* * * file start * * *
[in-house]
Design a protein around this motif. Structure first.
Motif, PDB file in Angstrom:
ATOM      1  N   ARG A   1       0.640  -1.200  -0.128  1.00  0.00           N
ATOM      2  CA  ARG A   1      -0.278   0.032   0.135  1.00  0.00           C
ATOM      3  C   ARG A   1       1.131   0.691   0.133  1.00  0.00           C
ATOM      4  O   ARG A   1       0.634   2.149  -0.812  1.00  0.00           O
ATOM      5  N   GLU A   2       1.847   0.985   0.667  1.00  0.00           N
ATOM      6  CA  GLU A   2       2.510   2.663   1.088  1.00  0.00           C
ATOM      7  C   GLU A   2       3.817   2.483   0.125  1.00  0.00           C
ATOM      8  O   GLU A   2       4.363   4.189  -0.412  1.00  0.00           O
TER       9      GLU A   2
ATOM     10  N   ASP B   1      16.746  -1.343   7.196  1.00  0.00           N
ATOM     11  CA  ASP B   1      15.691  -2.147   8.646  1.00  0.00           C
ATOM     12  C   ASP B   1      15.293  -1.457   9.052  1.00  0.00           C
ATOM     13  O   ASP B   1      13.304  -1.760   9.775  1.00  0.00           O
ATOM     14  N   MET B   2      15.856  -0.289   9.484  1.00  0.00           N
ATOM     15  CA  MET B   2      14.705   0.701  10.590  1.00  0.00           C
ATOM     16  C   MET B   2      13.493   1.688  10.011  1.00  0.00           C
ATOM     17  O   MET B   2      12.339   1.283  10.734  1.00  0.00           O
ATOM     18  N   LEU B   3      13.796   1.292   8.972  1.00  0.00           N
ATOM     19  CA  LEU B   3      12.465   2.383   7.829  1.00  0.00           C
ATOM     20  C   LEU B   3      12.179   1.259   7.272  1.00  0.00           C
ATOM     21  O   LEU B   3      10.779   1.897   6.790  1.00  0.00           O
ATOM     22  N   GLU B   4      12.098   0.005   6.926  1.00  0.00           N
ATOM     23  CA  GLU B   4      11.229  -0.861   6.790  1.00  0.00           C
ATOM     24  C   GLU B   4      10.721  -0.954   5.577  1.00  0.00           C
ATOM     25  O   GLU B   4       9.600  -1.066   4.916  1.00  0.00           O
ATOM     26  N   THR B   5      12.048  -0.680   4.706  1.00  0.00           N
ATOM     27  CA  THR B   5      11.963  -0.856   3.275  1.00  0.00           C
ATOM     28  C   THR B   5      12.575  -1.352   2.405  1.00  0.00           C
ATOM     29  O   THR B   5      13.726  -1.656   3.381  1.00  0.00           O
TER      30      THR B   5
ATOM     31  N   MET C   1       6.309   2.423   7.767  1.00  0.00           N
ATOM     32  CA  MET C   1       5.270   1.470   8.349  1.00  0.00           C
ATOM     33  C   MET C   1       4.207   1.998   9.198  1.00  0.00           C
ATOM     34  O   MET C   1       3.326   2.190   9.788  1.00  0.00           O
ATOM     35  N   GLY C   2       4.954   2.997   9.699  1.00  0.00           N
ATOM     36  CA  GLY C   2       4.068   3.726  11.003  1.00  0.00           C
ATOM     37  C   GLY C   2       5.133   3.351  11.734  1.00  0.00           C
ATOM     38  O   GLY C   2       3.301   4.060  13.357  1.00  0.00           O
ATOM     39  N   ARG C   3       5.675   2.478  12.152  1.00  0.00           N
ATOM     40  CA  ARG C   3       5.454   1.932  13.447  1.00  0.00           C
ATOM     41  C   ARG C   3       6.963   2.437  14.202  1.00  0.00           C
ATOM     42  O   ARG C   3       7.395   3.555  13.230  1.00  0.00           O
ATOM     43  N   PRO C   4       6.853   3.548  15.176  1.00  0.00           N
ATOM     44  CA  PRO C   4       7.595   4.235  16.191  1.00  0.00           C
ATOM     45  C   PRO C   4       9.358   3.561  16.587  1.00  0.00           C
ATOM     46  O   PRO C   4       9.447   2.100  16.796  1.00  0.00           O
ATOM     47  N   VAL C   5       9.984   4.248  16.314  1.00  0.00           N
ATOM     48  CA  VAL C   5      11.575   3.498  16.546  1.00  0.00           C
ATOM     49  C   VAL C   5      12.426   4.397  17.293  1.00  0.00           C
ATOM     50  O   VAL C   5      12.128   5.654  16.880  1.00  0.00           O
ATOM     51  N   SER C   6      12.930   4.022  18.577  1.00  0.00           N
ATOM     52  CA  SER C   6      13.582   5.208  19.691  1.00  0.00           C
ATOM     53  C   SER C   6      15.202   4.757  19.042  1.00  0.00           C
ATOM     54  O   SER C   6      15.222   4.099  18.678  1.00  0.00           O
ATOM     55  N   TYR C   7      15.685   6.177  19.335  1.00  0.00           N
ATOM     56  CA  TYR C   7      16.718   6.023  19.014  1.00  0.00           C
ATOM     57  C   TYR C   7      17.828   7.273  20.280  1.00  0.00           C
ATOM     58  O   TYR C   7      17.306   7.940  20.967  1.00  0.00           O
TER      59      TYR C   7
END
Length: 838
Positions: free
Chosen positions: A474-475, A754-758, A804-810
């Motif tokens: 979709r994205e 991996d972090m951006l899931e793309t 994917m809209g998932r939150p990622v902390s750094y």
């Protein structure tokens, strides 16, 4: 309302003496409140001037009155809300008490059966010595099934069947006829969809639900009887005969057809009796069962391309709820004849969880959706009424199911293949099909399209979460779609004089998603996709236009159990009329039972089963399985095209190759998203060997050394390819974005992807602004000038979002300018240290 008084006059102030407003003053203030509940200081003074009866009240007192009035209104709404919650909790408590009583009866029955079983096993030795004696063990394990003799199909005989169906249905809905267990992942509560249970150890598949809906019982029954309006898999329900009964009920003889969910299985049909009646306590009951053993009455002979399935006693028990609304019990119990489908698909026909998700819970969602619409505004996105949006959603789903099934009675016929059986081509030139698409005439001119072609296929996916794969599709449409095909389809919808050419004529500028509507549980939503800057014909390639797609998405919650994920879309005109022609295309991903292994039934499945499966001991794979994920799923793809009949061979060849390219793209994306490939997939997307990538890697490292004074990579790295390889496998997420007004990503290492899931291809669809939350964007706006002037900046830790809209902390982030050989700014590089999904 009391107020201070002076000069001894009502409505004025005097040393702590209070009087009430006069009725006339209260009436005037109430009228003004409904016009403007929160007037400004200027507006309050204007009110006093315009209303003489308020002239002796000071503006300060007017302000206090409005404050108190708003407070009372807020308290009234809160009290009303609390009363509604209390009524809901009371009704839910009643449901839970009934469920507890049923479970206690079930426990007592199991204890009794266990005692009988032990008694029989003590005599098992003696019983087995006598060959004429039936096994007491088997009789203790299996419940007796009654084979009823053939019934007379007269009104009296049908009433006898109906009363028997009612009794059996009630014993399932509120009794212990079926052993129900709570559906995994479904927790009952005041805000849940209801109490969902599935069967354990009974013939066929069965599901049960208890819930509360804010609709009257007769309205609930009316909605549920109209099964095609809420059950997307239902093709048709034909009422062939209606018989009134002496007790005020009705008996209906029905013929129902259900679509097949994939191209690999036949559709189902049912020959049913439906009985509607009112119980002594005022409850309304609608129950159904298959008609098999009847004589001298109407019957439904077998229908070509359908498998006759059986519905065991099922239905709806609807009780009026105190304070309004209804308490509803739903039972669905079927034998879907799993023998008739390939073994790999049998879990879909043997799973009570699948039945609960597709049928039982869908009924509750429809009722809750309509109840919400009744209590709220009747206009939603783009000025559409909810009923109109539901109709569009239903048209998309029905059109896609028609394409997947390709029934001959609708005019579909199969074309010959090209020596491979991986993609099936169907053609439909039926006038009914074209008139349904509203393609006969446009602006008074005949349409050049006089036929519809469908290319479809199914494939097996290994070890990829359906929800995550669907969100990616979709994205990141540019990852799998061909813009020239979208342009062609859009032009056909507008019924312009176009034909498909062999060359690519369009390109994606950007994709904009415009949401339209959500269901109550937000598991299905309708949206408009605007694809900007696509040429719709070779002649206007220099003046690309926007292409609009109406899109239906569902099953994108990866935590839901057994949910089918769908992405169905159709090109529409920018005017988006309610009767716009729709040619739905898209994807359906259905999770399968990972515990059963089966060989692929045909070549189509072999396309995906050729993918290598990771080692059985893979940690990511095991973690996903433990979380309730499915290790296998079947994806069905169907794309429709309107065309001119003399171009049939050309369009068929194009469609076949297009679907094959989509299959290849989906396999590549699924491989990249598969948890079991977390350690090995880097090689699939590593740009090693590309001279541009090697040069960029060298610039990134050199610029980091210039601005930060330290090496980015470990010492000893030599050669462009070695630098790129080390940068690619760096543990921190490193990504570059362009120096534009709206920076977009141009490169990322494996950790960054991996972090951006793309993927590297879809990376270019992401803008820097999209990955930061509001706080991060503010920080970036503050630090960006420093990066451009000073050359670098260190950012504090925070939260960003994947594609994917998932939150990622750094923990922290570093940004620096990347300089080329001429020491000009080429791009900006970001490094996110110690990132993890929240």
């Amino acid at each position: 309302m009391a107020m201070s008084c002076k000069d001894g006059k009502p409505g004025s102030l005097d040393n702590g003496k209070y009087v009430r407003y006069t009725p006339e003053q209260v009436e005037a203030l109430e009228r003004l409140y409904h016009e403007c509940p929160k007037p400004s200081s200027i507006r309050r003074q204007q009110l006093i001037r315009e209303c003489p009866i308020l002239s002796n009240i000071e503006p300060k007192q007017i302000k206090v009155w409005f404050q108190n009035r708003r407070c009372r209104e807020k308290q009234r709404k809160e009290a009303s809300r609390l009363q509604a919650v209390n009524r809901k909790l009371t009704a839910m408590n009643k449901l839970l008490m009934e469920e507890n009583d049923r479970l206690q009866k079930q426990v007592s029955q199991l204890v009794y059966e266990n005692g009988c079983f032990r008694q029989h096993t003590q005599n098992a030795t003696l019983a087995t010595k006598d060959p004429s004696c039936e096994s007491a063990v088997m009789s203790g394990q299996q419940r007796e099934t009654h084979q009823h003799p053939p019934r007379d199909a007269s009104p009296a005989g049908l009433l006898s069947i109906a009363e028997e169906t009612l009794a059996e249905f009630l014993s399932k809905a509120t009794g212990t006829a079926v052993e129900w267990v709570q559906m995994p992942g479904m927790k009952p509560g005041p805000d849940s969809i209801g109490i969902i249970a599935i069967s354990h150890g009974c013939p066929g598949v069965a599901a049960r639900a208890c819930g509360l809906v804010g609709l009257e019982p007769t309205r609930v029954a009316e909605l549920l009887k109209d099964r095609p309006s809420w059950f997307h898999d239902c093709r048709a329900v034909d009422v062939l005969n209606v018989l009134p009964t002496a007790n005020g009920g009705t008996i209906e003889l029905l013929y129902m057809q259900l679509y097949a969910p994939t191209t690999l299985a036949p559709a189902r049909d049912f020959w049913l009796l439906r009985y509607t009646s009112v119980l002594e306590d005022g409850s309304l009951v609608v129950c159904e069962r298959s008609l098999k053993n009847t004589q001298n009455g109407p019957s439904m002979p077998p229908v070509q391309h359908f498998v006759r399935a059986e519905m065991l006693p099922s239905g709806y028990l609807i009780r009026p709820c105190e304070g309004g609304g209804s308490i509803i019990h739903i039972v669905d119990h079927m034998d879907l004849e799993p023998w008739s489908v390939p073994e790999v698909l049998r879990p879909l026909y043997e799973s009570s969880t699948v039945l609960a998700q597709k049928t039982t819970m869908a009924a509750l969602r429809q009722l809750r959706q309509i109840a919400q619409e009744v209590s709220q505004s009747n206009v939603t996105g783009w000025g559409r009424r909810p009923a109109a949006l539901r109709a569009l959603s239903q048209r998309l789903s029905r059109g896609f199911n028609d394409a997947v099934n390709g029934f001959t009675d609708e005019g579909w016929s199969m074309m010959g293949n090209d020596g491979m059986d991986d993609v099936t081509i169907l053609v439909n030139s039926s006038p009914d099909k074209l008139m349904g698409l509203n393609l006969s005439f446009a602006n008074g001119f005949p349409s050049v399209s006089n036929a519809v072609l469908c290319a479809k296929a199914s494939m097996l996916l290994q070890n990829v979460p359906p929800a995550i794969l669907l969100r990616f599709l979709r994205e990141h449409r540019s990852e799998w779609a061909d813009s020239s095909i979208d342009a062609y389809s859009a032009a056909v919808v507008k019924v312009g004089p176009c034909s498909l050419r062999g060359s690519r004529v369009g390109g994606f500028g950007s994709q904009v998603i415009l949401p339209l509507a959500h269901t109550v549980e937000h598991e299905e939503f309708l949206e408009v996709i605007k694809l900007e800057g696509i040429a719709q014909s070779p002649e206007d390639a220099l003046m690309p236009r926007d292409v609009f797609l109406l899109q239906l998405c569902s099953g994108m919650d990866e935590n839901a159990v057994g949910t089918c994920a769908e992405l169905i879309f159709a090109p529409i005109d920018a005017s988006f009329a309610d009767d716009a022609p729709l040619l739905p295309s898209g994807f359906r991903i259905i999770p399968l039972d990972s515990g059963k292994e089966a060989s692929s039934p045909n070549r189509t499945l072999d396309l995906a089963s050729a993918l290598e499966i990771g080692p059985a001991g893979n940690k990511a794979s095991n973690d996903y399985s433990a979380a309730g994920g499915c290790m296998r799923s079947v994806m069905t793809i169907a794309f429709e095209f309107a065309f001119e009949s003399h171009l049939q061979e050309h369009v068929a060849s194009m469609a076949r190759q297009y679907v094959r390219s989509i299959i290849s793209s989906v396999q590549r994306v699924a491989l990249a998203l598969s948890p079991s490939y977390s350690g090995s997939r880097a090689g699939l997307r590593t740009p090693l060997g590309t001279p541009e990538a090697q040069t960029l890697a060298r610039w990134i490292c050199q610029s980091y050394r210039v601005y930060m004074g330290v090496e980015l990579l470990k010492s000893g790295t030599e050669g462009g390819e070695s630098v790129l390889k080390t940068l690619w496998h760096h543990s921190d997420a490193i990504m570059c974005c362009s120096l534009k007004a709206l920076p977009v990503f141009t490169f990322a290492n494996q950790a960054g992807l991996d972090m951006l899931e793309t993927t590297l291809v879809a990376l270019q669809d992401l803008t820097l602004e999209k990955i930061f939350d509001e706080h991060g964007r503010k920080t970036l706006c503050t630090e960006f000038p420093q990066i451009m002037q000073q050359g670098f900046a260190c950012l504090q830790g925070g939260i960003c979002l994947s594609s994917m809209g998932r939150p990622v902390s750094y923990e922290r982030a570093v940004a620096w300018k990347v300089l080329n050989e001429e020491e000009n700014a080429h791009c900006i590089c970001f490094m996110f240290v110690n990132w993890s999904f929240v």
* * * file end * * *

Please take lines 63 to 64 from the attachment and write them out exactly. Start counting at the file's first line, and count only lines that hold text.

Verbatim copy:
END
Length: 838